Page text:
In a year never seen before in Oscar nominations, with the most diverse roster of actors in history, the 93rd Academy Awards comes with virtually no Latino representation. At the forefront of this small group comes the Chilean director Maite Alberdi (Santiago de Chile, 1983), who this week premieres in Spain ‘The mole agent’. The film, which competes against ‘Collective Crip Camp’, ‘My Octopus Teacher’ and ‘Time’, is among the favorites to get the statuette. Halfway between an observation documentary and a spy tape, ‘The Mole Agent follows Sergio Chamy, an 83-year-old man sent as an undercover spy to a residence. The first sequence shows the agent’s recruitment process, a look between tender and comic, where the foundations of the rest of the narrative are established. Alberdi, with an impressive career as a documentary filmmaker behind her back, becomes the first Chilean woman to be nominated for an Oscar.
-What does this nomination mean to you?
-I am very grateful to the Academy for the recognition. I think that women filmmakers are used to fighting to achieve impossible dreams, and that I, a Latin director of documentaries, can be nominated among the four best of the year is incredible, something that I had not even dared to dream.
-‘El agent mole ‘is a Spanish co-production, but it is also important for Chile in the year in which the Chilean Film Academy was created. What is left of the experience?
-It is a historical milestone. It is an honor to be included in this extraordinary group of films. I think this year has shown us all that life has to be seen from different angles. The nomination can give wings to a film dedicated to the oldest. We must understand that each elder in the world can help us remember that it is not important to increase our years of life, but the desire to live it. After so many losses, we must understand that there is also the pandemic of loneliness. This movie is an antidote to the pandemic of loneliness. I am very proud that the movie has helped so many families reconnect with their elders.
-How did you find Sergio Chamy, your protagonist?
-Sergio is a widower interested in the mystery of the work that we proposed to him. A fragile man, an admirer of José Luis Perales and very good people. He made the movie what it is. His gaze changed the perspective of the film and caught us with its reality. Sergio is not an actor, but a spy, the worst spy in the world but the best character in the world. And, as he gets into the role, he teaches us to put aside his mission and the importance of committing to the people he meets at the residence.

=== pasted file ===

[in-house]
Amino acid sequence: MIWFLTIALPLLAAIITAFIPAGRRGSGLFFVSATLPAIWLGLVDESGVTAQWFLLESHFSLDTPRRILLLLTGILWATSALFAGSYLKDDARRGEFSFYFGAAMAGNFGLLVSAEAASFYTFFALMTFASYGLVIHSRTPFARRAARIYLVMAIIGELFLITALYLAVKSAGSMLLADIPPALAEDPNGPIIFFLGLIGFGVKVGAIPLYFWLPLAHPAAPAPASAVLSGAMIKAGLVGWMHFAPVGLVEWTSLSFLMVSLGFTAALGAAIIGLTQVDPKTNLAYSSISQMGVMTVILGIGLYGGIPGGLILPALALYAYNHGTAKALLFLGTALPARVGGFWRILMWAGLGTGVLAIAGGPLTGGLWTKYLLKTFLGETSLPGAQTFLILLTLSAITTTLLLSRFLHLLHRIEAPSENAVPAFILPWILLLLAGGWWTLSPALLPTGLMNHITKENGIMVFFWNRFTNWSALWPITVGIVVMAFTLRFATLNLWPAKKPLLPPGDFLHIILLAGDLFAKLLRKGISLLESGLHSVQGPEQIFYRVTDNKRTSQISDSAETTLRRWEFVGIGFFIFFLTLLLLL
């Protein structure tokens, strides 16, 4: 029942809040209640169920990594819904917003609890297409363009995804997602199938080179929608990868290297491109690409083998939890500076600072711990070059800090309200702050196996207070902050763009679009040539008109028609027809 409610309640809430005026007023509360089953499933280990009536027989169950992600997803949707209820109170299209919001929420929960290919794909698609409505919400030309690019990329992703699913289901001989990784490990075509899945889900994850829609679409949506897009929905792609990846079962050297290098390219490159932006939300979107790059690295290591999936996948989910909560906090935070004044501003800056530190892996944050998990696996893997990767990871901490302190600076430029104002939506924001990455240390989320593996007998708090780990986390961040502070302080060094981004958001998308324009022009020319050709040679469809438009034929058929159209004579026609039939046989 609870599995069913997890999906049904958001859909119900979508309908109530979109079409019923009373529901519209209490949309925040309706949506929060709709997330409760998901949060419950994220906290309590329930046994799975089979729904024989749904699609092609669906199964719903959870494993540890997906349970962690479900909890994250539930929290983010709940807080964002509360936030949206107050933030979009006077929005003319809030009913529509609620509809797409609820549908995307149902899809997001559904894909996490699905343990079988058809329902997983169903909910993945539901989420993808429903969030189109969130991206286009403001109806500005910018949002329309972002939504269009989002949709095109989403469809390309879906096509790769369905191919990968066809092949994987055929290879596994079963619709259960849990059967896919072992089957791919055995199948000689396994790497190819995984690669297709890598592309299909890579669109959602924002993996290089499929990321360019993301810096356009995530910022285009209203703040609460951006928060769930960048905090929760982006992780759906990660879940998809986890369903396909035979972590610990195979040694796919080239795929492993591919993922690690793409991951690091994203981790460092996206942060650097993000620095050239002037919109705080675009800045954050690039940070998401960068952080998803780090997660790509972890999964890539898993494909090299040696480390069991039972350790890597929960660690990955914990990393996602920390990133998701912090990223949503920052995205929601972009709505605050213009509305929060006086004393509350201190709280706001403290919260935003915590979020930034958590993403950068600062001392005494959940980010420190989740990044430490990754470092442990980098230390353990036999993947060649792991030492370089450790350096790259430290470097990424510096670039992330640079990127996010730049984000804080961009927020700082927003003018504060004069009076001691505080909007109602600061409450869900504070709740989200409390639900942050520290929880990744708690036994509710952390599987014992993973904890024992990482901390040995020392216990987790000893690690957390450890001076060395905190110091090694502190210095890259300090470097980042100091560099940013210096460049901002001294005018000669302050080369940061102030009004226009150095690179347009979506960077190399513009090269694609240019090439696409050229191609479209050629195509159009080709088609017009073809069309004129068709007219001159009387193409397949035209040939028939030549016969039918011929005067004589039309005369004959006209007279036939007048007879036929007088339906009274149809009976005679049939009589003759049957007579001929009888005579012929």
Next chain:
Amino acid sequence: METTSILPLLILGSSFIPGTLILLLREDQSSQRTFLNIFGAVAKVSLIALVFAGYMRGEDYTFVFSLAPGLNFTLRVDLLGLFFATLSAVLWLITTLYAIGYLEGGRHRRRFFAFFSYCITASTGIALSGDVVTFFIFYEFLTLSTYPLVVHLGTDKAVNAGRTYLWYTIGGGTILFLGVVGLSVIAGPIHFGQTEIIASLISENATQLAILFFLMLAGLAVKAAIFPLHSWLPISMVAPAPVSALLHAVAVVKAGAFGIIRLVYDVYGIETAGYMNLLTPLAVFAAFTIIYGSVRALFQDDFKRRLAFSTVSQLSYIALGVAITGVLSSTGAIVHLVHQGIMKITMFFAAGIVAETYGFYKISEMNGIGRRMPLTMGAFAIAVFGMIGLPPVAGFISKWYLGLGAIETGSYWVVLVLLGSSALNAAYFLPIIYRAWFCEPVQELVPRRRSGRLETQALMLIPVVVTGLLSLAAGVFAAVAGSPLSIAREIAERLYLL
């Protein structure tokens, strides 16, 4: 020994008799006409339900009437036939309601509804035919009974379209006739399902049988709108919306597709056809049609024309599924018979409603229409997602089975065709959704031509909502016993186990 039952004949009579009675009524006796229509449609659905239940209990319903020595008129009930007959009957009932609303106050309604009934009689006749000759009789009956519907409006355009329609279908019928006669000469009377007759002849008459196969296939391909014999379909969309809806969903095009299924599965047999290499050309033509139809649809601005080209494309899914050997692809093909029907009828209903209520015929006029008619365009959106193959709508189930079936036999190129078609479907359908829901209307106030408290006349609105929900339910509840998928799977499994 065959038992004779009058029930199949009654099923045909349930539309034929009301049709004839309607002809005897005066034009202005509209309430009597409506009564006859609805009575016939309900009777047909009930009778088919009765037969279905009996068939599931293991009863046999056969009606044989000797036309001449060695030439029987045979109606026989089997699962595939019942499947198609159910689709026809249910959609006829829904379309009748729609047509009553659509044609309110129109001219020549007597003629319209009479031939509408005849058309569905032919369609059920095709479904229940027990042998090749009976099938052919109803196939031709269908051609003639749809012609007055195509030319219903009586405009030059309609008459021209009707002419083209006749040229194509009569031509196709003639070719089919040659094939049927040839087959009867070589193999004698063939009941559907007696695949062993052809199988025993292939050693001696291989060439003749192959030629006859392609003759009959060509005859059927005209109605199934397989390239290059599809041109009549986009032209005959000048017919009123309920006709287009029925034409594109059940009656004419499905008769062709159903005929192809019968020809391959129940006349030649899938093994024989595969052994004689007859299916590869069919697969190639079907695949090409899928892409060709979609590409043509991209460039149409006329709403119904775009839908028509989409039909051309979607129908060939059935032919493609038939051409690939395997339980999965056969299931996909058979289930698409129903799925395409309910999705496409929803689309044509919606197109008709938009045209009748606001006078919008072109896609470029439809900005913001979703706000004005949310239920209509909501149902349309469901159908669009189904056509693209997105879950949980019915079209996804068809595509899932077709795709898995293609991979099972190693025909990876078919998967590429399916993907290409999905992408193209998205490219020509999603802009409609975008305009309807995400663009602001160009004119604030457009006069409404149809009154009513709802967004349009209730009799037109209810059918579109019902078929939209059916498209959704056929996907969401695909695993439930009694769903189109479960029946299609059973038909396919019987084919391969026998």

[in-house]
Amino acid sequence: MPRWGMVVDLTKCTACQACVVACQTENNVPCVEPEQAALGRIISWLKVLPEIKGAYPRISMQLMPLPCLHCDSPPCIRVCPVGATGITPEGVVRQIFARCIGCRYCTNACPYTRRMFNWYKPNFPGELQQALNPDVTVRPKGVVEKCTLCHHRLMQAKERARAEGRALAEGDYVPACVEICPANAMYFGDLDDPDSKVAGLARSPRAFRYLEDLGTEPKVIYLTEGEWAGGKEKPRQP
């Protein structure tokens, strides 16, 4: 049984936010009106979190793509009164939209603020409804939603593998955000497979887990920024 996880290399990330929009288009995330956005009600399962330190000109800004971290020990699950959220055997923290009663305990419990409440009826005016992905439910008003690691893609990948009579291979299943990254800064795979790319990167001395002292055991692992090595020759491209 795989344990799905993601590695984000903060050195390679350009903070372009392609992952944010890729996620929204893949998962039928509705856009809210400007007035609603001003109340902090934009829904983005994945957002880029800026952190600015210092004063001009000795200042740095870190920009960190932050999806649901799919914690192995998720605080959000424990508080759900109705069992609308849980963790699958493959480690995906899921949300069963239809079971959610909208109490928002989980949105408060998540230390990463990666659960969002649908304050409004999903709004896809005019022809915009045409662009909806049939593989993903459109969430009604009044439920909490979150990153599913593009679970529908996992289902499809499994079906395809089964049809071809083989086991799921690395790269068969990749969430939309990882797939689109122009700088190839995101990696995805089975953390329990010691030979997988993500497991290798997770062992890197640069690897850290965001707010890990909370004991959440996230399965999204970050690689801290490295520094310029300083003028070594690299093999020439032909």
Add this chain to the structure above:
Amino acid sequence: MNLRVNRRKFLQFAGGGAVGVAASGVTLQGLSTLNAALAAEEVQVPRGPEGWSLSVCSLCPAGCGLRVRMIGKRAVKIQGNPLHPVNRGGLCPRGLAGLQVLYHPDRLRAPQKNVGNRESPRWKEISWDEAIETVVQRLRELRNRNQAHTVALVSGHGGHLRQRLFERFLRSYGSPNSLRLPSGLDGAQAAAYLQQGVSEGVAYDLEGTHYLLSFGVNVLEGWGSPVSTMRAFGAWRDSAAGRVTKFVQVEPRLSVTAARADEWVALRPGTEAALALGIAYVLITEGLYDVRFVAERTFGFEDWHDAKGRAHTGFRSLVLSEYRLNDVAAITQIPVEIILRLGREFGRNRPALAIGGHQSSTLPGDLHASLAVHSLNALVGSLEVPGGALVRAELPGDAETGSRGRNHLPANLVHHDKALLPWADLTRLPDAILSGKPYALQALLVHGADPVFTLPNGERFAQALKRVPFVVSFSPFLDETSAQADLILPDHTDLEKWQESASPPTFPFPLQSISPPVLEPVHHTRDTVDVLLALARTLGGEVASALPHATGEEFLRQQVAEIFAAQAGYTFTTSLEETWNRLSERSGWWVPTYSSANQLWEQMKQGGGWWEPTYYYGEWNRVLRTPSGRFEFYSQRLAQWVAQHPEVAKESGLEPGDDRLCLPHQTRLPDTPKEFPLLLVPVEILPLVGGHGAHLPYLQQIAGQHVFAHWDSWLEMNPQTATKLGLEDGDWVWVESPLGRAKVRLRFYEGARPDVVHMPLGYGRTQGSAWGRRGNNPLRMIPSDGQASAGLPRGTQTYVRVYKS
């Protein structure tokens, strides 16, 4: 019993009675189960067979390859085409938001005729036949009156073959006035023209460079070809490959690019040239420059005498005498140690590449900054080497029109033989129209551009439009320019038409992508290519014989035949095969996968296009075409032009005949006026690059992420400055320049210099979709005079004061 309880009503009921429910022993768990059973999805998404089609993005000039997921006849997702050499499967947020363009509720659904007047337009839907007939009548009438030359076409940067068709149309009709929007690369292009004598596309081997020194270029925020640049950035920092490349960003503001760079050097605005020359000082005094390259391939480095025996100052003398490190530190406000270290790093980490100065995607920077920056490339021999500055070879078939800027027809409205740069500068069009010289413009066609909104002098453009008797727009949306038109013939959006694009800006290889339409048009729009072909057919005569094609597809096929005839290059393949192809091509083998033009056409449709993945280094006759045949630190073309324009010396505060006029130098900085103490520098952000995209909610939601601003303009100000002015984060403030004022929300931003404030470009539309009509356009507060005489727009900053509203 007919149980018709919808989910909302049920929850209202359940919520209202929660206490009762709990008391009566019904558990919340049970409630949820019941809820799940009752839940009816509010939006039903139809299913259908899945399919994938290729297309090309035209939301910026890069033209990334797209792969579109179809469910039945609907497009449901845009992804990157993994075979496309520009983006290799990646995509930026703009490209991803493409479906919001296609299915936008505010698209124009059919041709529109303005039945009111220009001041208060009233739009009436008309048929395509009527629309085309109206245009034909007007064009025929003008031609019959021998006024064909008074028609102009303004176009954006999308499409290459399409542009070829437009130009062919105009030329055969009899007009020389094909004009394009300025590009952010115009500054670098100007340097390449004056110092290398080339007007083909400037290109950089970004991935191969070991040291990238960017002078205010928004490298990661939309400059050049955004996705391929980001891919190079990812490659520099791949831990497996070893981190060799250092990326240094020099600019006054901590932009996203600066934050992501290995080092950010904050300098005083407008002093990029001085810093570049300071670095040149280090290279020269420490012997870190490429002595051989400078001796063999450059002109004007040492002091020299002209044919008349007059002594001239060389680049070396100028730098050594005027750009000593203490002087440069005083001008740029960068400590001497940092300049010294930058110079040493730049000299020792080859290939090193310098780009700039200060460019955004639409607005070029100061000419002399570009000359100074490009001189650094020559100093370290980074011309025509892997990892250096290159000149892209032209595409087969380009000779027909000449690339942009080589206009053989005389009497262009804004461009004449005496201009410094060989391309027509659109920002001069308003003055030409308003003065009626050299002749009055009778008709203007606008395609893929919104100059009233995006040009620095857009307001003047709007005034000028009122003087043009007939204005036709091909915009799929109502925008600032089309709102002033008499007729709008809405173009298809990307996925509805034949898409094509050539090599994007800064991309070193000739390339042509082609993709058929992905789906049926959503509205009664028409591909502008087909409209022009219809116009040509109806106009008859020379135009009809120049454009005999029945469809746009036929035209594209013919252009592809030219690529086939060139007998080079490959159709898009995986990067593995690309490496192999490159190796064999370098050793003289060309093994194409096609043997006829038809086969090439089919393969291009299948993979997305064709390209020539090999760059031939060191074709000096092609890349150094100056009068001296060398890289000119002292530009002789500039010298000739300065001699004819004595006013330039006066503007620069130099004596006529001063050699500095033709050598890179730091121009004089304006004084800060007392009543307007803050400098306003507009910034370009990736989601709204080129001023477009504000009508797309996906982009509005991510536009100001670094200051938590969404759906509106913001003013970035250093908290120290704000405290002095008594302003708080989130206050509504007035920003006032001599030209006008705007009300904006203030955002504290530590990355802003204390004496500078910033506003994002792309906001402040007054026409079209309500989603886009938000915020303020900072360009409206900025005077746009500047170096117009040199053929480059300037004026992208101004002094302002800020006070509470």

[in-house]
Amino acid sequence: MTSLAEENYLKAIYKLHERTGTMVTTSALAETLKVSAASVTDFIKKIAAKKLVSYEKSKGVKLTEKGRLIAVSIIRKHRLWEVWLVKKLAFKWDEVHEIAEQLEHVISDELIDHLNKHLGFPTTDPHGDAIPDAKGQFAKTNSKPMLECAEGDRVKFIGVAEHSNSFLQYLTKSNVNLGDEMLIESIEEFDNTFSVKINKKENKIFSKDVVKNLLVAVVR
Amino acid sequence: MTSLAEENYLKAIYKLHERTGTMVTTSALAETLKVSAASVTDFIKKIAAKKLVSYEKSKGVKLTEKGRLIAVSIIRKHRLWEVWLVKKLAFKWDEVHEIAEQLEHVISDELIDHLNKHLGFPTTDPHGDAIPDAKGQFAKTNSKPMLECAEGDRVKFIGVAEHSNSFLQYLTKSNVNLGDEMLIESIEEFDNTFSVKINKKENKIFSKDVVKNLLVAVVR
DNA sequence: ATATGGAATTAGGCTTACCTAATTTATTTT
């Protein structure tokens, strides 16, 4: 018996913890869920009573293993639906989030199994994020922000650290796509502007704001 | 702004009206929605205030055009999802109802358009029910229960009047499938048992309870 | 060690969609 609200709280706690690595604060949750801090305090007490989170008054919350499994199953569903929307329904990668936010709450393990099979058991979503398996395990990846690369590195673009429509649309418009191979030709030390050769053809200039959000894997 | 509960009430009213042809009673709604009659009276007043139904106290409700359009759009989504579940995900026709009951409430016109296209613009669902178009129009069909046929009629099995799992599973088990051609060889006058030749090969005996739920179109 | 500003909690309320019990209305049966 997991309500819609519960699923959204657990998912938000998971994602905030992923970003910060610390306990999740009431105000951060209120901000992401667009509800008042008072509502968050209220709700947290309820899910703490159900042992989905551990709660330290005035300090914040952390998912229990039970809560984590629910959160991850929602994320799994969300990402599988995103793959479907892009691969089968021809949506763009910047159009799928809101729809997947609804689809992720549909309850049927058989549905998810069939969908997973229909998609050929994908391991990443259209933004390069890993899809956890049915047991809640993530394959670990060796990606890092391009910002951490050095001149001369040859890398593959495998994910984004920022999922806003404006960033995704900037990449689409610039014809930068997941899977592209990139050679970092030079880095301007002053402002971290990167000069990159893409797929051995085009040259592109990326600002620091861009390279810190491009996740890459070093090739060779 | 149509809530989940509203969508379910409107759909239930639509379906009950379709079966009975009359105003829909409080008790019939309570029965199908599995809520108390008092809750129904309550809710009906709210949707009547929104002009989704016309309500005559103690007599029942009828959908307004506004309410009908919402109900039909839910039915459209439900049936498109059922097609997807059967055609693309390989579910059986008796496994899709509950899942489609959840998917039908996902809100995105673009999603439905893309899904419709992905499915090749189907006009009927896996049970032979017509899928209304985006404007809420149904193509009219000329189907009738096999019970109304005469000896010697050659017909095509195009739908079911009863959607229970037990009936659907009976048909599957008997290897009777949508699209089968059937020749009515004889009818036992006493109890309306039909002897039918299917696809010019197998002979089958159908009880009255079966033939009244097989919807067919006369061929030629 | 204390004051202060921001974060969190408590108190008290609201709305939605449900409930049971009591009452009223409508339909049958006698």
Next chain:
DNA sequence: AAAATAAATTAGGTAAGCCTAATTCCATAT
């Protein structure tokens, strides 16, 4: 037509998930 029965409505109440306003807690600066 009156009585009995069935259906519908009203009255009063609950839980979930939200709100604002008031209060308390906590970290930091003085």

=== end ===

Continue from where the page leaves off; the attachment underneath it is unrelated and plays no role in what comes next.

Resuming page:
– Sergio went to live in the residence?
-Yes. At first she didn’t want to, but she knew she had to investigate. He lived for three months in the residence and we went to record almost every day, but he made his life there. The people of the home were used to us, because we recorded before Sergio arrived. I had told the owners that I was shooting a documentary about the elderly, without telling them that we were working with a spy. We also told them that if a new resident came in, we would focus on him.
-Why are you interested in the elderly?
-Because they are wonderful. I don’t like to lock people into stereotypes, the same thing happened to me when I filmed ‘Los Niños’ (about Down Syndrome). I wanted to make a different movie and I ended up doing the same thing. When you record the elderly you discover the social typecasting in which they have fallen, I think we should stop separating them so that they do not spend so much time alone.
-Sergio spies for his camera, his eyes are hers as a director.
-Exactly. Sergio’s work is very similar to mine as a documentary maker. Because when I’m filming, I’m a long time waiting, waiting, until I have the scene. Making documentaries requires a lot of patience. The same thing happens to Sergio, he is waiting, following people, waiting, waiting until he gets the proof he needs.
-One of the saddest aspects of your film is that it shows how, even with a good atmosphere and attentive staff, older people have problems because they suffer from their isolation.
– The fault is not of the institution, but ours, because we forget our elders there. We do not worry about integrating them into the community, into our society.
-This is your fifth collaboration with your cinematographer Pablo Valdés. Tell us about that professional relationship.
-My career does not exist without him. We shot this film for three months, from Monday to Friday, and I was seven months pregnant. They have been the most exhausting work sessions of my career. My gear literally helped me stand up. Pablo is a very important pillar in my work.
Review of ‘The mole agent’:
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